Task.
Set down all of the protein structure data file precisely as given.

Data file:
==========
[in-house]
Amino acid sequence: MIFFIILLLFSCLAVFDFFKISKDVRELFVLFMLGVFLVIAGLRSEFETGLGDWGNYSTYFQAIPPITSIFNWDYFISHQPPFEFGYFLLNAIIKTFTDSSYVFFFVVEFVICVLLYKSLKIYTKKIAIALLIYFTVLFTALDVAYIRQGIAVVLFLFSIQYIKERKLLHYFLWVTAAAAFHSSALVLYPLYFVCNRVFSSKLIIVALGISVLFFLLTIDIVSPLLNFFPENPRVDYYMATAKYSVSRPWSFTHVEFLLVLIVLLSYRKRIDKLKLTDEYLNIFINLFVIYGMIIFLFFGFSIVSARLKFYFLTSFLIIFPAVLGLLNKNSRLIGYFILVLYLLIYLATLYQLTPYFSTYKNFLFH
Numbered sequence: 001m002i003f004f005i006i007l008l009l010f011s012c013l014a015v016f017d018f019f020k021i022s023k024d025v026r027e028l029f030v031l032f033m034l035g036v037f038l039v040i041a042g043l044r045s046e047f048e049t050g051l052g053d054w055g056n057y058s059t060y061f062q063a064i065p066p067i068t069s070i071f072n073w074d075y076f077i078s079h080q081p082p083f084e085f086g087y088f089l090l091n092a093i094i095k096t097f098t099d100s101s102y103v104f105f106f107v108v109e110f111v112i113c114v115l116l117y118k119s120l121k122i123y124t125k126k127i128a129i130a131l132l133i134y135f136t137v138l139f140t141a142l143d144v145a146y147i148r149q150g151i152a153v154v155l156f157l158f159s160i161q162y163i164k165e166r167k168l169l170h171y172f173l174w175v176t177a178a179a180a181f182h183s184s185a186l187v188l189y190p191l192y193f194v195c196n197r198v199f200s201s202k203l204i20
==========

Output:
[in-house]
Amino acid sequence: MIFFIILLLFSCLAVFDFFKISKDVRELFVLFMLGVFLVIAGLRSEFETGLGDWGNYSTYFQAIPPITSIFNWDYFISHQPPFEFGYFLLNAIIKTFTDSSYVFFFVVEFVICVLLYKSLKIYTKKIAIALLIYFTVLFTALDVAYIRQGIAVVLFLFSIQYIKERKLLHYFLWVTAAAAFHSSALVLYPLYFVCNRVFSSKLIIVALGISVLFFLLTIDIVSPLLNFFPENPRVDYYMATAKYSVSRPWSFTHVEFLLVLIVLLSYRKRIDKLKLTDEYLNIFINLFVIYGMIIFLFFGFSIVSARLKFYFLTSFLIIFPAVLGLLNKNSRLIGYFILVLYLLIYLATLYQLTPYFSTYKNFLFH
Numbered sequence: 001m002i003f004f005i006i007l008l009l010f011s012c013l014a015v016f017d018f019f020k021i022s023k024d025v026r027e028l029f030v031l032f033m034l035g036v037f038l039v040i041a042g043l044r045s046e047f048e049t050g051l052g053d054w055g056n057y058s059t060y061f062q063a064i065p066p067i068t069s070i071f072n073w074d075y076f077i078s079h080q081p082p083f084e085f086g087y088f089l090l091n092a093i094i095k096t097f098t099d100s101s102y103v104f105f106f107v108v109e110f111v112i113c114v115l116l117y118k119s120l121k122i123y124t125k126k127i128a129i130a131l132l133i134y135f136t137v138l139f140t141a142l143d144v145a146y147i148r149q150g151i152a153v154v155l156f157l158f159s160i161q162y163i164k165e166r167k168l169l170h171y172f173l174w175v176t177a178a179a180a181f182h183s184s185a186l187v188l189y190p191l192y193f194v195c196n197r198v199f200s201s202k203l204i20